What is a “Good” Person? An Incomplete Definition.

A few days ago an old and dear friend raised a deceptively simple question in an online discussion.  How do you define a “good” person?  This caught my eye.  Since this blog is supposed to be about Agathos, the “good” in human life, I thought maybe I’d have something to add to the conversation.  I would at least be enthusiastic about the topic if not convincing.

Since I gave a quick response via social media I don’t think it was the most comprehensive or even coherent statement I’ve ever given on the subject.  But the fast response was revealing.  It had the virtue of exposing some of my biases as well as some insights I think I’ve gained over time.  Sometimes one can learn a lot from an unvarnished response.

I think you have to distinguish between two different ideas of “the good” that have informed our western mindset. There is “good” moral behavior in the sense of what we choose NOT to do. We refrain from causing harm, from being unfair to others, we choose not to be unfeeling or greedy. Refraining from that which causes suffering can perhaps be accounted enough. Maybe.

For myself, after a long time, I came to the conclusion that the Greeks (and later Romans) had it right. The only true good is that which is done. “Agathos” in the pre-Christian sense tells us that the moral good is that which is demonstrated. Nobody is good because they wish to be. People are good because they do something good. Compassion is meaningless without a compassionate act. Courage is hot air without doing something courageous. Nobody is just until they perform a just act.

That isn’t to say that there will be universal agreement on the justice or wisdom or even compassion of a given act. Not everyone will be happy about it. The good is sometimes terrible, both beautiful and cruel at the same time. Nature gives us plenty of examples.

In short, “the good” is what we do to both actively diminish unnecessary suffering and promote what is fair. The ancient Greeks (words take on slightly different meaning in old testament Greek) used the word Dikaios. From my admittedly limited reading and spotty Greek, the Homeric Greeks saw that Dikaios (fairness) was the basis of honor. Fair dealing is demonstrable. Either you show it through your actions or the rest is sound and fury signifying nothing. As an addendum I would say that goodness is an ongoing practice. Aristotle had that right when he said that an excellence is a matter of habit (paraphrase). It is not innate. It is cultivated.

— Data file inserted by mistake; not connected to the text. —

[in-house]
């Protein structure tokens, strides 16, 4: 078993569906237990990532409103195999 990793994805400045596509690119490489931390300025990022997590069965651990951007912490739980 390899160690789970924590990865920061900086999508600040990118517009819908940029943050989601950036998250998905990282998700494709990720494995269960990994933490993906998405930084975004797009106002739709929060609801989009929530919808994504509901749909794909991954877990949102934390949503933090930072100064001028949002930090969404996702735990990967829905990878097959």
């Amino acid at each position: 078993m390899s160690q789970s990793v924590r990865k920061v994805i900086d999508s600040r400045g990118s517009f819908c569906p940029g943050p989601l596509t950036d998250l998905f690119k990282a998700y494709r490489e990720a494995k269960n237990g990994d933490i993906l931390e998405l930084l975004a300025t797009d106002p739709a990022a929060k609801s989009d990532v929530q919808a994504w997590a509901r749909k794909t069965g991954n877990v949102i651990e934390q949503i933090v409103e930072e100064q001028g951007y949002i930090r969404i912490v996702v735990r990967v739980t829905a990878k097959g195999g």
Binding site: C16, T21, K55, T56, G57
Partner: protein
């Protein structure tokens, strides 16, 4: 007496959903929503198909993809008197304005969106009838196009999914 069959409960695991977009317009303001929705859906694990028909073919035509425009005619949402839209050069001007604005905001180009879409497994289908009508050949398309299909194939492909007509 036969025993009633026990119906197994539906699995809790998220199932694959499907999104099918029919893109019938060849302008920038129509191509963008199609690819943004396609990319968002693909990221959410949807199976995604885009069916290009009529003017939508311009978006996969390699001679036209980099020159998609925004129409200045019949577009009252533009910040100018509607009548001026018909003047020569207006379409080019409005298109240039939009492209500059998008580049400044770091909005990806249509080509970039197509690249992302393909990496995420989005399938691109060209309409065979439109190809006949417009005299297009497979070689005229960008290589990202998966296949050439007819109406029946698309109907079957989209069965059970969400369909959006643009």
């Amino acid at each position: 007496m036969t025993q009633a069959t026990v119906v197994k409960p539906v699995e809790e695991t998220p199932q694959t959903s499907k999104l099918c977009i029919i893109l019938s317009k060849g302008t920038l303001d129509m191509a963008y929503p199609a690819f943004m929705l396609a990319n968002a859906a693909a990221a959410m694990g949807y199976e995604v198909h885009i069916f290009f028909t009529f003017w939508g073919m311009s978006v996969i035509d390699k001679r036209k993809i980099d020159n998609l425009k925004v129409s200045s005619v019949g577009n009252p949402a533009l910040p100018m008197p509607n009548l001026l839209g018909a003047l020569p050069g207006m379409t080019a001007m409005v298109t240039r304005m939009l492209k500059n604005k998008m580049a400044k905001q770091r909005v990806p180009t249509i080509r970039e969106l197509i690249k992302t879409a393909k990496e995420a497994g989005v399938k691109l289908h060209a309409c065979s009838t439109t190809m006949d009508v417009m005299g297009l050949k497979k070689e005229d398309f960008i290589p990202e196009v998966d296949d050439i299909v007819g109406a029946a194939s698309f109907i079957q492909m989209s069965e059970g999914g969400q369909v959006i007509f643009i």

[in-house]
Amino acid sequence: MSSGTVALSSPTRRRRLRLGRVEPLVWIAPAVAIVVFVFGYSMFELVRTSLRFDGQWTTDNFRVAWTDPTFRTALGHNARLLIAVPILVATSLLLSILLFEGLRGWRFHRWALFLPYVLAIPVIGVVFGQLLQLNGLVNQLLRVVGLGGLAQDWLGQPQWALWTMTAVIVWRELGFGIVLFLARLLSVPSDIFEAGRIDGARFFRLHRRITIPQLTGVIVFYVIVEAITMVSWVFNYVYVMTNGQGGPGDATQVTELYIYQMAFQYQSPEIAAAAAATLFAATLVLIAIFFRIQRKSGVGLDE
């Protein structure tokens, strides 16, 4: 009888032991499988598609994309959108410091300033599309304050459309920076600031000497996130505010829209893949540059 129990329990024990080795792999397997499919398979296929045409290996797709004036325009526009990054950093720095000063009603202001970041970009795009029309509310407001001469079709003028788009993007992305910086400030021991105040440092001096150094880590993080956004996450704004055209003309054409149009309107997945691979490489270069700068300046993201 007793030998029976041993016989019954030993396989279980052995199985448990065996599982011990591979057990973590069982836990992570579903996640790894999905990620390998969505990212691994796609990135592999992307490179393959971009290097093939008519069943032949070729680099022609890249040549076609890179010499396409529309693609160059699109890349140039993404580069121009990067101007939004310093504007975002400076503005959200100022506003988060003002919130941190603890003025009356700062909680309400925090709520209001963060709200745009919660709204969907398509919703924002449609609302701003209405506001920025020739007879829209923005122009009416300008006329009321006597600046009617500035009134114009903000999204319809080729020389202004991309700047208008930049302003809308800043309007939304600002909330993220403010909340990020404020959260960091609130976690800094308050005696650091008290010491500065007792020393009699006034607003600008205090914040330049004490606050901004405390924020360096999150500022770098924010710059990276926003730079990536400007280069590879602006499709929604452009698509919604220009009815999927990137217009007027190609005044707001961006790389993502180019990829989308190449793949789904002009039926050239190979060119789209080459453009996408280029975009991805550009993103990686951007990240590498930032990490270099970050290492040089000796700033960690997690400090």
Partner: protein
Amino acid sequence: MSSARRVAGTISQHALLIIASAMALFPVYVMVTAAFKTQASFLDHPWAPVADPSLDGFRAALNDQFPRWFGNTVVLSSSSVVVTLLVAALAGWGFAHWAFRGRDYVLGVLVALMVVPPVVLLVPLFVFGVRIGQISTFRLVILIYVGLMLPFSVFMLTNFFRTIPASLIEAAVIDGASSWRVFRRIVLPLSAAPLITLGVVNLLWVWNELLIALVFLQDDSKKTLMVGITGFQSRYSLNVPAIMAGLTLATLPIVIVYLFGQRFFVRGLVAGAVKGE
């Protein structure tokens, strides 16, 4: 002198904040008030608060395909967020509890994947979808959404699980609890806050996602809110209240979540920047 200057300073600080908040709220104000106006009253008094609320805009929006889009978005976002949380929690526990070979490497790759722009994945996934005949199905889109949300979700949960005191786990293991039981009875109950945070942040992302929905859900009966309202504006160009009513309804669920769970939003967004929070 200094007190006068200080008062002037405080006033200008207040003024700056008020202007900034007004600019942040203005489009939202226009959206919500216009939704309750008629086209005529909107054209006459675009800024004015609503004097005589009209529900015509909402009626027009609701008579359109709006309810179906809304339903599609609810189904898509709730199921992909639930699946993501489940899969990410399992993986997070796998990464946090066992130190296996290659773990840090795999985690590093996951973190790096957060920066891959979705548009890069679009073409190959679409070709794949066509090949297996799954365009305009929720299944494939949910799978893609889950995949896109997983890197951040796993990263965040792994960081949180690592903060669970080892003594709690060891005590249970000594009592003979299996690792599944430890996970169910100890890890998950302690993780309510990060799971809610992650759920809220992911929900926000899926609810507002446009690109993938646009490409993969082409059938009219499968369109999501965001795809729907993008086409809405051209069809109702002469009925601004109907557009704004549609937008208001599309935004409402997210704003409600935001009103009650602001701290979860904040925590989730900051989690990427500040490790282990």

Not exactly a dissertation but I think I got the idea across.  What I noticed when I reread that passage was the two references to the reduction of suffering.  I wasn’t really aware that I considered that such a key component.  It likely comes from years of exposure to Buddhist and Taoist ideas.  It may also be some sort of residual Catholicism.  One never really does leave behind a Catholic education completely.  For the Greeks and Romans my impression has been that being fair or just was the more important action.  Reducing suffering through fairness and justice might well be a happy byproduct rather than a goal by itself.

Even though this blog focuses heavily on using Greek and Roman ideas for a good life I am content if the other influences in my life seep in.  I’m not trying to resurrect fossilized traditions.  I’m okay with a little syncretism especially if it helps to decide what is indeed a “good” person.

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